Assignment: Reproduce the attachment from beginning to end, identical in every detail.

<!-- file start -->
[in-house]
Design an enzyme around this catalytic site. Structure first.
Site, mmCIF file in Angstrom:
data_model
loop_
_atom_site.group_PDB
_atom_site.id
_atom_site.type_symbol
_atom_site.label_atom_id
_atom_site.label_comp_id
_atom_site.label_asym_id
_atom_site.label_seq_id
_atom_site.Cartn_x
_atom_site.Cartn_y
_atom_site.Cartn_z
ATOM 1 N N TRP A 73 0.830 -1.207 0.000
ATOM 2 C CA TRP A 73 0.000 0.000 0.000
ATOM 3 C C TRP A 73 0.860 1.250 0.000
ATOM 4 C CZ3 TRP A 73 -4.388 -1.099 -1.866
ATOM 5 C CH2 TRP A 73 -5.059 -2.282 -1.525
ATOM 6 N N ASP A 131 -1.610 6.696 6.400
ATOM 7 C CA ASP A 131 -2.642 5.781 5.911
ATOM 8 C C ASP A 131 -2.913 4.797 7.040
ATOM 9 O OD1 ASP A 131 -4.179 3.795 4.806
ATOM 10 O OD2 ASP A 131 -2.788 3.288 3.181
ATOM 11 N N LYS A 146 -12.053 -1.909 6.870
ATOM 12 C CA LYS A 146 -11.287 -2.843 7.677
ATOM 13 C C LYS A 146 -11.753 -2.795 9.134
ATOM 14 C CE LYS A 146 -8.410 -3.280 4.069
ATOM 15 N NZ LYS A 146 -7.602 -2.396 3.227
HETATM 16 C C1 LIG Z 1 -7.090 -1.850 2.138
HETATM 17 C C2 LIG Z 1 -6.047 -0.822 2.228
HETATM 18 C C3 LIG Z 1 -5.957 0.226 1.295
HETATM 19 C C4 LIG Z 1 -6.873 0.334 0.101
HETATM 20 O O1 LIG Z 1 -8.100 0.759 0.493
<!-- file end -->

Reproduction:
[in-house]
Design an enzyme around this catalytic site. Structure first.
Site, mmCIF file in Angstrom:
data_model
loop_
_atom_site.group_PDB
_atom_site.id
_atom_site.type_symbol
_atom_site.label_atom_id
_atom_site.label_comp_id
_atom_site.label_asym_id
_atom_site.label_seq_id
_atom_site.Cartn_x
_atom_site.Cartn_y
_atom_site.Cartn_z
ATOM 1 N N TRP A 73 0.830 -1.207 0.000
ATOM 2 C CA TRP A 73 0.000 0.000 0.000
ATOM 3 C C TRP A 73 0.860 1.250 0.000
ATOM 4 C CZ3 TRP A 73 -4.388 -1.099 -1.866
ATOM 5 C CH2 TRP A 73 -5.059 -2.282 -1.525
ATOM 6 N N ASP A 131 -1.610 6.696 6.400
ATOM 7 C CA ASP A 131 -2.642 5.781 5.911
ATOM 8 C C ASP A 131 -2.913 4.797 7.040
ATOM 9 O OD1 ASP A 131 -4.179 3.795 4.806
ATOM 10 O OD2 ASP A 131 -2.788 3.288 3.181
ATOM 11 N N LYS A 146 -12.053 -1.909 6.870
ATOM 12 C CA LYS A 146 -11.287 -2.843 7.677
ATOM 13 C C LYS A 146 -11.753 -2.795 9.134
ATOM 14 C CE LYS A 146 -8.410 -3.280 4.069
ATOM 15 N NZ LYS A 146 -7.602 -2.396 3.227
HETATM 16 C C1 LIG Z 1 -7.090 -1.850 2.138
HETATM 17 C C2 LIG Z 1 -6.047 -0.822 2.228
HETATM 18 C C3 LIG Z 1 -5.957 0.226 1.295
HETATM 19 C C4 LIG Z 1 -6.873 0.334 0.101
HETATM 20 O O1 LIG Z 1 -8.100 0.759 0.493